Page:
Op-Ed: Starbucks Struggles With Value - an Answer Found in Coffee Beans

Posted Mar 25, 2009 by Michael Krebs
Numerous stunning health benefits found in coffee consumption have little effect on sales at Starbucks as the company struggles to communicate its position in a value-oriented economy. Where do health and economics meet?
Starbucks coffee shop
Starbucks coffee shop
Digital Journal
Last week Howard Schultz, CEO at Starbucks Corporation stood before an annual investor meeting and spoke about a key challenge facing the company.
"Starbucks has got to demonstrate to our customers and the marketplace that we can still be a premium brand and create a premium experience and at the same time create a platform for value," he said in a Wall Street Journal report.
As the economy forces many people to trade down on their usual consumption, those decisions are leading some consumers to give up not only what they enjoy but what may very well be beneficial to them. In this regard, the greater value may also be the greater evil. Success stories found in fast food establishments during these challenging times stand as examples of this phenomenon.
For example, a gourmet salad priced at $7 might have an immediate impact on pricing consideration versus a $5.50 meal - with soft drink and french fries - at McDonald's. Value - here defined at $1.50 - trumps health.
But where do good health and good economics meet?
Coffee has very recently emerged as a near-wonder bean. The benefits of coffee consumption are now tied to risk reductions in diabetes, colon cancer, Parkinson's disease, liver disease, cavities, and gallstones. America's favorite morning beverage may very well be preventing some of America's greatest health challenges.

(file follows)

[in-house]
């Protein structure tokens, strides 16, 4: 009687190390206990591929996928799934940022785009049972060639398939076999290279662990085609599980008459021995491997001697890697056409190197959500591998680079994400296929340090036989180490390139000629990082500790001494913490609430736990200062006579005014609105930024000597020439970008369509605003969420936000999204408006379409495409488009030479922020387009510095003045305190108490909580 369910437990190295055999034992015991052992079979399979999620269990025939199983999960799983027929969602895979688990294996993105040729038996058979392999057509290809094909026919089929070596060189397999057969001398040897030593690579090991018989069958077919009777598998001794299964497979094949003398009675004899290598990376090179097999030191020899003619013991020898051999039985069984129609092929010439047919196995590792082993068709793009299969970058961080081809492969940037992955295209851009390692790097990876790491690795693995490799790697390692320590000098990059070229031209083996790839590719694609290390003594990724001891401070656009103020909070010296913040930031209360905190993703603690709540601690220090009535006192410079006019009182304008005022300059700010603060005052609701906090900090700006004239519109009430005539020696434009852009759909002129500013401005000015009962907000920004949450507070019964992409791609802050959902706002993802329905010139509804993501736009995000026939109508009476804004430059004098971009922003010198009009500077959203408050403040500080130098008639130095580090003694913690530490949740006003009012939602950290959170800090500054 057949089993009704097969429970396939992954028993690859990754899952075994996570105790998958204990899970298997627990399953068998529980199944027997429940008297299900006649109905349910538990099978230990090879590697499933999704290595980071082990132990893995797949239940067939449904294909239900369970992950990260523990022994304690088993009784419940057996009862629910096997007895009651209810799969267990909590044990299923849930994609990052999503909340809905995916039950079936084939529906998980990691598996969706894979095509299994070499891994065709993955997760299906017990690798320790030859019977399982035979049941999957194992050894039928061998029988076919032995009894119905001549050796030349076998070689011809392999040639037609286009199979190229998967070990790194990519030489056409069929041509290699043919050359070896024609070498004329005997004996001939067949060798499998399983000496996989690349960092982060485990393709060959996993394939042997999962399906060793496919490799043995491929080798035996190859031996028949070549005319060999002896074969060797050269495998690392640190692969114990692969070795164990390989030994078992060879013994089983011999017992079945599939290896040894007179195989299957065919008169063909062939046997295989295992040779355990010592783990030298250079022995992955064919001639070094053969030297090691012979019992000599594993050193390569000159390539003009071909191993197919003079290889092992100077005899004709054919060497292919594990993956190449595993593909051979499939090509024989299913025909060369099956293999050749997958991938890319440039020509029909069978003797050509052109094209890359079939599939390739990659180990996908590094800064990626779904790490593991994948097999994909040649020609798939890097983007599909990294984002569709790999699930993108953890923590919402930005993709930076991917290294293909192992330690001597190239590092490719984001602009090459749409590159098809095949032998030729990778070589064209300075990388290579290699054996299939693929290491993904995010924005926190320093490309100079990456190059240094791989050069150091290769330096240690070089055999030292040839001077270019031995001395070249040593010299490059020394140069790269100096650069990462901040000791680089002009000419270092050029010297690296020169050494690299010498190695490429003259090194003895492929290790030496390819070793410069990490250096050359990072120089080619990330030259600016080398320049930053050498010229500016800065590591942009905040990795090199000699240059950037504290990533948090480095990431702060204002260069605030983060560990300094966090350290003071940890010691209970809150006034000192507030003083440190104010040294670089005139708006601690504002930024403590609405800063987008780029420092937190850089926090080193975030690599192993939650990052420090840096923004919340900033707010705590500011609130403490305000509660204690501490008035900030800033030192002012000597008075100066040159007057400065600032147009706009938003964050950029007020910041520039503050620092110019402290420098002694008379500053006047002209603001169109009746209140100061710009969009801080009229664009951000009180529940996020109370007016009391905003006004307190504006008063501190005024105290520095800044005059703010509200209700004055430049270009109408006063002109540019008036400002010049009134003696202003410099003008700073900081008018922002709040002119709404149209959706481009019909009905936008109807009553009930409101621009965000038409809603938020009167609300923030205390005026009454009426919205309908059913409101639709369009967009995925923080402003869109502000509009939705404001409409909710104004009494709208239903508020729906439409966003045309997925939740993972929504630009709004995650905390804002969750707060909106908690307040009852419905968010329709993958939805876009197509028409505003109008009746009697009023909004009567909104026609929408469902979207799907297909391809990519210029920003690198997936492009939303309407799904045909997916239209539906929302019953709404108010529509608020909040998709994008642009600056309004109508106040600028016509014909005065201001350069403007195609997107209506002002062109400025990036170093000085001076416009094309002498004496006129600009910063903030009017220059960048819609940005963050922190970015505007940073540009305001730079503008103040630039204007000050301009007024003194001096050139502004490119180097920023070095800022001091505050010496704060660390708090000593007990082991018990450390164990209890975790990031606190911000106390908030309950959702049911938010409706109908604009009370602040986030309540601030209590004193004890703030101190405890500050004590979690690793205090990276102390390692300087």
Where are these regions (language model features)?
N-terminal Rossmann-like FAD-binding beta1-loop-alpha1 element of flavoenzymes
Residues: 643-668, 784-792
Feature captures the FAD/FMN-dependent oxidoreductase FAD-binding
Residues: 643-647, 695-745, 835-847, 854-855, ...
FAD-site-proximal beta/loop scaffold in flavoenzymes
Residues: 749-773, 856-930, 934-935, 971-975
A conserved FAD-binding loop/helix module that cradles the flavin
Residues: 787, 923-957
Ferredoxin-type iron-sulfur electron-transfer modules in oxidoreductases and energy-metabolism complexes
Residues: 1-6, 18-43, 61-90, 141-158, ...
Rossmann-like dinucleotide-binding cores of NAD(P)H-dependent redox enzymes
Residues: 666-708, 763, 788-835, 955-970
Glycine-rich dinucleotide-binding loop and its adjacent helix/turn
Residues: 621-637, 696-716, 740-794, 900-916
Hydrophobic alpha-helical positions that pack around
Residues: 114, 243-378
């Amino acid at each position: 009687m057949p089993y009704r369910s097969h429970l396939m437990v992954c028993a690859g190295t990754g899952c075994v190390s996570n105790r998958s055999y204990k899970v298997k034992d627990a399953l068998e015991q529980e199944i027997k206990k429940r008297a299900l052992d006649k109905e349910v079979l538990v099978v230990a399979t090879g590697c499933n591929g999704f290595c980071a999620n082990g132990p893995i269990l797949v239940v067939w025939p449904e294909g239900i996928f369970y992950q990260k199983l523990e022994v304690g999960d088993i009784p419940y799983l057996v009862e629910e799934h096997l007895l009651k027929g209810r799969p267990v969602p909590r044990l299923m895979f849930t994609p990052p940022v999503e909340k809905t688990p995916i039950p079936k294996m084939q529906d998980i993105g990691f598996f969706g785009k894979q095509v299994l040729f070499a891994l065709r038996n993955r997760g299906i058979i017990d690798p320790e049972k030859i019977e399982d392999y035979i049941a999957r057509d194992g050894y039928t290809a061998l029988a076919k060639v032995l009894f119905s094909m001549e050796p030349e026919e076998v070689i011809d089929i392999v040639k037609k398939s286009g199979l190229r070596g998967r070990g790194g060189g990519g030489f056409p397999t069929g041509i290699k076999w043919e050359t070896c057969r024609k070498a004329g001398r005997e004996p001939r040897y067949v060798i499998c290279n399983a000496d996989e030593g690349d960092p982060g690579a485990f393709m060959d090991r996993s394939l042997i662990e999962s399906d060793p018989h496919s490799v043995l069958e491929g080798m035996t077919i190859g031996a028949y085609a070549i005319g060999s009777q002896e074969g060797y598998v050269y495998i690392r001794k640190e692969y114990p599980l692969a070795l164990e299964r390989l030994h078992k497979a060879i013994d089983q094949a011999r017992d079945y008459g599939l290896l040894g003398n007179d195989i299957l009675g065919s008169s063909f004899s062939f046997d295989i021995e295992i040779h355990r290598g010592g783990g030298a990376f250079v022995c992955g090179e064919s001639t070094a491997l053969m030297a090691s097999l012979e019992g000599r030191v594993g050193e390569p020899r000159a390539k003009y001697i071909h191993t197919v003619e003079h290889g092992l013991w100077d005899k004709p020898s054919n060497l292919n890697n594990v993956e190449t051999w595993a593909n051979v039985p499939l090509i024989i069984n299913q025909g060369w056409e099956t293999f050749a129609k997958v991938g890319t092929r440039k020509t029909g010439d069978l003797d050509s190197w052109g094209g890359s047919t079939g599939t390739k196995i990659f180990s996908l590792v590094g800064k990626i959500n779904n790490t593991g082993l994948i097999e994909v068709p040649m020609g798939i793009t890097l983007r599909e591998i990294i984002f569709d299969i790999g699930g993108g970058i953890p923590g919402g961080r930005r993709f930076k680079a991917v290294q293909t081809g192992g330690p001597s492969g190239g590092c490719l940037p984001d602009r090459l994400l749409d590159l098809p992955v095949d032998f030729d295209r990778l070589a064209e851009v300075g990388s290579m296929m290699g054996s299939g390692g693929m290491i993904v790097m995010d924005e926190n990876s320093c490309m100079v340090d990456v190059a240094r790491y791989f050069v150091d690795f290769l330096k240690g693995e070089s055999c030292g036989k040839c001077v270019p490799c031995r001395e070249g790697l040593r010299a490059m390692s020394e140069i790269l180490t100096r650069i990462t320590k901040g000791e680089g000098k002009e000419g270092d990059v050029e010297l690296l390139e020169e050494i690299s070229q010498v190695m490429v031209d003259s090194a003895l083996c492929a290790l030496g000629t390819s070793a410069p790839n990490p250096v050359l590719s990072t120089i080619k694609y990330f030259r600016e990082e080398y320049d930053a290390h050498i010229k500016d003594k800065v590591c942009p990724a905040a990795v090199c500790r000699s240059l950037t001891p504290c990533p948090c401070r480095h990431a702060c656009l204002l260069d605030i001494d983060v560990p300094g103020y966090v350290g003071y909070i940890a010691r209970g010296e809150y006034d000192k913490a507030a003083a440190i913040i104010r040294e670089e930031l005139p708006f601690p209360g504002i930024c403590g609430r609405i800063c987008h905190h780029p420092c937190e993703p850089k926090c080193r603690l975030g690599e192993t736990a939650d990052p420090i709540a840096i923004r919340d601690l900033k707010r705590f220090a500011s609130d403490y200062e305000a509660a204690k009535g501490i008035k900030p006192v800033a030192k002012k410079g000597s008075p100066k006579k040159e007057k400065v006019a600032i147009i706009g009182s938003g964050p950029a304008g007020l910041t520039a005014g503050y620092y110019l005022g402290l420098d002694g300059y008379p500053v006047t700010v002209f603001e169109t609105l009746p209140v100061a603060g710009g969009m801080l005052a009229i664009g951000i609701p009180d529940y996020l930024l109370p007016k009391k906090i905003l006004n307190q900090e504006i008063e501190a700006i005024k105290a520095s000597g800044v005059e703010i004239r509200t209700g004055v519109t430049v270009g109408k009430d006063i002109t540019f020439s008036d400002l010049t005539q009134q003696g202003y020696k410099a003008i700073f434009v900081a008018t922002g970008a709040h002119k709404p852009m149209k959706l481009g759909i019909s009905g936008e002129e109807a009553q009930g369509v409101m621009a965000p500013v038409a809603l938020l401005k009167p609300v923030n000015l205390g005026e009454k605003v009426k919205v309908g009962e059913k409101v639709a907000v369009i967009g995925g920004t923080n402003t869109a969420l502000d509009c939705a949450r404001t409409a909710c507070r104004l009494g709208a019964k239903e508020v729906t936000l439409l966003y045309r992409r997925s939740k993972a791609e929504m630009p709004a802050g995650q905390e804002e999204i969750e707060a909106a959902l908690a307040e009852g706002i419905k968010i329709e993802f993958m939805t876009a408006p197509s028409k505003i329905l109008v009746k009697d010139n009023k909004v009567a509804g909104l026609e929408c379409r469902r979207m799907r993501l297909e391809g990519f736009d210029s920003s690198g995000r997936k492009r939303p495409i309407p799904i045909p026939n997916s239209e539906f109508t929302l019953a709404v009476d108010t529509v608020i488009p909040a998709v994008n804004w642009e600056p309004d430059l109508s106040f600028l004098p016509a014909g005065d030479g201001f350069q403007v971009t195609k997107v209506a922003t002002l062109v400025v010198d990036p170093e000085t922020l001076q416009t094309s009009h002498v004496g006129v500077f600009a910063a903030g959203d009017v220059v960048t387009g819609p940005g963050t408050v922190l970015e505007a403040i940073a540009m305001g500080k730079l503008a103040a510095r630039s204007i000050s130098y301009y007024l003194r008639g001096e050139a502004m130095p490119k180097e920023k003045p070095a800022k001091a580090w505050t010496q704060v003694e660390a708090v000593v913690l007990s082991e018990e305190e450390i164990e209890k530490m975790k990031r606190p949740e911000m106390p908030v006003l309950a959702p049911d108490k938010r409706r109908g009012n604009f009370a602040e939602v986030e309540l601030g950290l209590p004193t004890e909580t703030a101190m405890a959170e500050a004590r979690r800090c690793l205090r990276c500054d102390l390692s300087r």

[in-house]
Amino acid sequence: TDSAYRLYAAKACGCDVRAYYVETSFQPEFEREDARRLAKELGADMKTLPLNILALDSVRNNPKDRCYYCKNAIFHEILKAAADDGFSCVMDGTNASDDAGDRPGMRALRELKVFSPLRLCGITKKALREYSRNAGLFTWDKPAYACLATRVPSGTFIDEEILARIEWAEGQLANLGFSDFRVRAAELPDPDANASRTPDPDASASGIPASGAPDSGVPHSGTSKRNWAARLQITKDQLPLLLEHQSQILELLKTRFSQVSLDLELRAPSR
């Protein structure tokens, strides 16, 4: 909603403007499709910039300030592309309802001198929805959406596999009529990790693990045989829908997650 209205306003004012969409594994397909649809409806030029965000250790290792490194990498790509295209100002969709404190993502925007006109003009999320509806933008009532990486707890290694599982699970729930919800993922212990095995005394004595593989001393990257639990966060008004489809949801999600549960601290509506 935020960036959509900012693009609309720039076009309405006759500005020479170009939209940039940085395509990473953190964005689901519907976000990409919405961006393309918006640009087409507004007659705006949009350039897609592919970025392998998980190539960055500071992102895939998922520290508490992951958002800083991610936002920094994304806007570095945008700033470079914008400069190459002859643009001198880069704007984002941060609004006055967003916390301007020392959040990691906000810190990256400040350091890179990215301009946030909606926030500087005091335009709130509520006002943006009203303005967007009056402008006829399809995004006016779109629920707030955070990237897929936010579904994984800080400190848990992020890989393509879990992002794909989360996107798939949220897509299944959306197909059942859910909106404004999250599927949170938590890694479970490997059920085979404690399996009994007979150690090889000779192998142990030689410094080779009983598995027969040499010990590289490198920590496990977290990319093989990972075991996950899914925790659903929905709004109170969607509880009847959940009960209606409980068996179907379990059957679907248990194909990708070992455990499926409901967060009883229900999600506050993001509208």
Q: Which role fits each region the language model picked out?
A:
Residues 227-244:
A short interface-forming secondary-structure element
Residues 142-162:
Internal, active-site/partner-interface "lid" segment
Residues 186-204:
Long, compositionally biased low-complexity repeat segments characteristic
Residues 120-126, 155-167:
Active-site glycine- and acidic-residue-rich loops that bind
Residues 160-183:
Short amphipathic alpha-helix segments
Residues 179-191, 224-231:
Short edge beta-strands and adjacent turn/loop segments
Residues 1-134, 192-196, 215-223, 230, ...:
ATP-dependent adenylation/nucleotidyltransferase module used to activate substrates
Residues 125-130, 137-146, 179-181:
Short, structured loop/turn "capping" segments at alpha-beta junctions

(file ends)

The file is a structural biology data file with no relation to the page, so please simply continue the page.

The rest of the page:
Harvard University studied the effects of coffee consumption on diabetes and on Parkinson's disease.
"Although between 1 to 3 cups per days sounds healthy, Harvard went on to say that after looking at the data from the past two decades from over 100,000 participants, the calculations show that having up to 6 or more cups of coffee each day cut the risk of diabetes for women by 30 percent and a whopping 54 percent for men," reported Health News. "There are six separate studies that were conducted showing that the risk for being diagnosed with Parkinson’s disease was lowered by 80 percent with regular coffee indulgence."
These findings are quite significant, and if the American population is turning to junk food as a value mechanism - and increasing exposure to the diabetes precursors - coffee may very well be a valuable antidote for these value-oriented meal decisions.
"Though the scientists give the customary 'more research is needed' before they recommend you do overtime at Starbuck's to specifically prevent diabetes, their findings are very similar to those in a less-publicized Dutch study, " Sid Kirchheimer reports at WebMD. "And perhaps more importantly, it's the latest of hundreds of studies suggesting that coffee may be something of a health food -- especially in higher amounts."
So, given the long-term benefits, how does one assess value in a $4 cup of coffee at Starbucks? Is this not a self-investment? It could be that many in the population are already depressed from the scores of bad news to even consider a positive investment, but when looking at the benefits that coffee - and tea for that matter - provide in relation also to the immune system, it seems that a hot cup can go a long way toward stifling the internal impacts of that very depression.
But it is where the two intersect - the abstract notions of values and benefits - that ultimately will determine the success ratios of the Starbucks and McDonalds businesses and the collective shape of American health.